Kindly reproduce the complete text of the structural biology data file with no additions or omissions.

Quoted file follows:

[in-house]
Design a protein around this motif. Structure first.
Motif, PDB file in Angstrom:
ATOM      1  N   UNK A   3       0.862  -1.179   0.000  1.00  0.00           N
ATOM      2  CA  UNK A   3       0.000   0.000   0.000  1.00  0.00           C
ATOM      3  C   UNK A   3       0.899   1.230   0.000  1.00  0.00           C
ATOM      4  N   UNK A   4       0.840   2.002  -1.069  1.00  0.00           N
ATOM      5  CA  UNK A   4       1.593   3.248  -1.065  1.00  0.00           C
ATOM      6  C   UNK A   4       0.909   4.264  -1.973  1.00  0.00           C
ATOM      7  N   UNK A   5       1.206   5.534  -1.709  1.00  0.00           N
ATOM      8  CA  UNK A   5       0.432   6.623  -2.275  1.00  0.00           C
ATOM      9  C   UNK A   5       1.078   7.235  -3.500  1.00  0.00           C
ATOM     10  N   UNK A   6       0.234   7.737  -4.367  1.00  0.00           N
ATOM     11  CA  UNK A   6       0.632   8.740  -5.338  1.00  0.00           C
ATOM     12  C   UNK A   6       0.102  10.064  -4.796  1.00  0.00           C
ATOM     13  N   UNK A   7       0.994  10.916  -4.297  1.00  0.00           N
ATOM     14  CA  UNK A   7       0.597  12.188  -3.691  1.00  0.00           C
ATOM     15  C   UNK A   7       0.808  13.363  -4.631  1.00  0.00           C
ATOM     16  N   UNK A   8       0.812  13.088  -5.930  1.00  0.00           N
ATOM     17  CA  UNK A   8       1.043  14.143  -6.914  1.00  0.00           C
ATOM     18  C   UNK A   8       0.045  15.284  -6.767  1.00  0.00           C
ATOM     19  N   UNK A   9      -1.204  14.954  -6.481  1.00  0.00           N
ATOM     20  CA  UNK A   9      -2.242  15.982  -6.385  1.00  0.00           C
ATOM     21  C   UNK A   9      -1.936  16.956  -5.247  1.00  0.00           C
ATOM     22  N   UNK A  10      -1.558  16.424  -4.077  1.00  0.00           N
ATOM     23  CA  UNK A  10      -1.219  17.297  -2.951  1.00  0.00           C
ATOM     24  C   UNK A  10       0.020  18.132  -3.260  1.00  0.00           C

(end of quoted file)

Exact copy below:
[in-house]
Design a protein around this motif. Structure first.
Motif, PDB file in Angstrom:
ATOM      1  N   UNK A   3       0.862  -1.179   0.000  1.00  0.00           N
ATOM      2  CA  UNK A   3       0.000   0.000   0.000  1.00  0.00           C
ATOM      3  C   UNK A   3       0.899   1.230   0.000  1.00  0.00           C
ATOM      4  N   UNK A   4       0.840   2.002  -1.069  1.00  0.00           N
ATOM      5  CA  UNK A   4       1.593   3.248  -1.065  1.00  0.00           C
ATOM      6  C   UNK A   4       0.909   4.264  -1.973  1.00  0.00           C
ATOM      7  N   UNK A   5       1.206   5.534  -1.709  1.00  0.00           N
ATOM      8  CA  UNK A   5       0.432   6.623  -2.275  1.00  0.00           C
ATOM      9  C   UNK A   5       1.078   7.235  -3.500  1.00  0.00           C
ATOM     10  N   UNK A   6       0.234   7.737  -4.367  1.00  0.00           N
ATOM     11  CA  UNK A   6       0.632   8.740  -5.338  1.00  0.00           C
ATOM     12  C   UNK A   6       0.102  10.064  -4.796  1.00  0.00           C
ATOM     13  N   UNK A   7       0.994  10.916  -4.297  1.00  0.00           N
ATOM     14  CA  UNK A   7       0.597  12.188  -3.691  1.00  0.00           C
ATOM     15  C   UNK A   7       0.808  13.363  -4.631  1.00  0.00           C
ATOM     16  N   UNK A   8       0.812  13.088  -5.930  1.00  0.00           N
ATOM     17  CA  UNK A   8       1.043  14.143  -6.914  1.00  0.00           C
ATOM     18  C   UNK A   8       0.045  15.284  -6.767  1.00  0.00           C
ATOM     19  N   UNK A   9      -1.204  14.954  -6.481  1.00  0.00           N
ATOM     20  CA  UNK A   9      -2.242  15.982  -6.385  1.00  0.00           C
ATOM     21  C   UNK A   9      -1.936  16.956  -5.247  1.00  0.00           C
ATOM     22  N   UNK A  10      -1.558  16.424  -4.077  1.00  0.00           N
ATOM     23  CA  UNK A  10      -1.219  17.297  -2.951  1.00  0.00           C
ATOM     24  C   UNK A  10       0.020  18.132  -3.260  1.00  0.00           C